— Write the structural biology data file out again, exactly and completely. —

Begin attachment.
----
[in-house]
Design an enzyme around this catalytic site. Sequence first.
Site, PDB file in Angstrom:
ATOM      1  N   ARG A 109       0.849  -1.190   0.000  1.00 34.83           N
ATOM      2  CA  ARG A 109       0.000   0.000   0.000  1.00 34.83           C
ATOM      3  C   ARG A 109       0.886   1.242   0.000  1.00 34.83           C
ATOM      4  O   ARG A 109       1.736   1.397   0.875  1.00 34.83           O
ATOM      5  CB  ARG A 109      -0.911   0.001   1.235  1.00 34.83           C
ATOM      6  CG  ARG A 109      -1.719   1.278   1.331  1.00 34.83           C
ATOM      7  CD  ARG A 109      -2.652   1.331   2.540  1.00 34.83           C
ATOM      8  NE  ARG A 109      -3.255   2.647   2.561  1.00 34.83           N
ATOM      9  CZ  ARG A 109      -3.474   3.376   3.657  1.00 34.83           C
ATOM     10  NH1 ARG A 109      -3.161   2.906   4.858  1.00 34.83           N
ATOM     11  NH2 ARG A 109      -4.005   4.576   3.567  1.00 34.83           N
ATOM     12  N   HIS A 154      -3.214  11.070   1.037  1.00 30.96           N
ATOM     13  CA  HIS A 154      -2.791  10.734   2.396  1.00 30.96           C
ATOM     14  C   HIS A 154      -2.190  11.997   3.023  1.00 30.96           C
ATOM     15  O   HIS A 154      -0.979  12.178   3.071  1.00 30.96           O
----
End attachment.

[in-house]
Design an enzyme around this catalytic site. Sequence first.
Site, PDB file in Angstrom:
ATOM      1  N   ARG A 109       0.849  -1.190   0.000  1.00 34.83           N
ATOM      2  CA  ARG A 109       0.000   0.000   0.000  1.00 34.83           C
ATOM      3  C   ARG A 109       0.886   1.242   0.000  1.00 34.83           C
ATOM      4  O   ARG A 109       1.736   1.397   0.875  1.00 34.83           O
ATOM      5  CB  ARG A 109      -0.911   0.001   1.235  1.00 34.83           C
ATOM      6  CG  ARG A 109      -1.719   1.278   1.331  1.00 34.83           C
ATOM      7  CD  ARG A 109      -2.652   1.331   2.540  1.00 34.83           C
ATOM      8  NE  ARG A 109      -3.255   2.647   2.561  1.00 34.83           N
ATOM      9  CZ  ARG A 109      -3.474   3.376   3.657  1.00 34.83           C
ATOM     10  NH1 ARG A 109      -3.161   2.906   4.858  1.00 34.83           N
ATOM     11  NH2 ARG A 109      -4.005   4.576   3.567  1.00 34.83           N
ATOM     12  N   HIS A 154      -3.214  11.070   1.037  1.00 30.96           N
ATOM     13  CA  HIS A 154      -2.791  10.734   2.396  1.00 30.96           C
ATOM     14  C   HIS A 154      -2.190  11.997   3.023  1.00 30.96           C
ATOM     15  O   HIS A 154      -0.979  12.178   3.071  1.00 30.96           O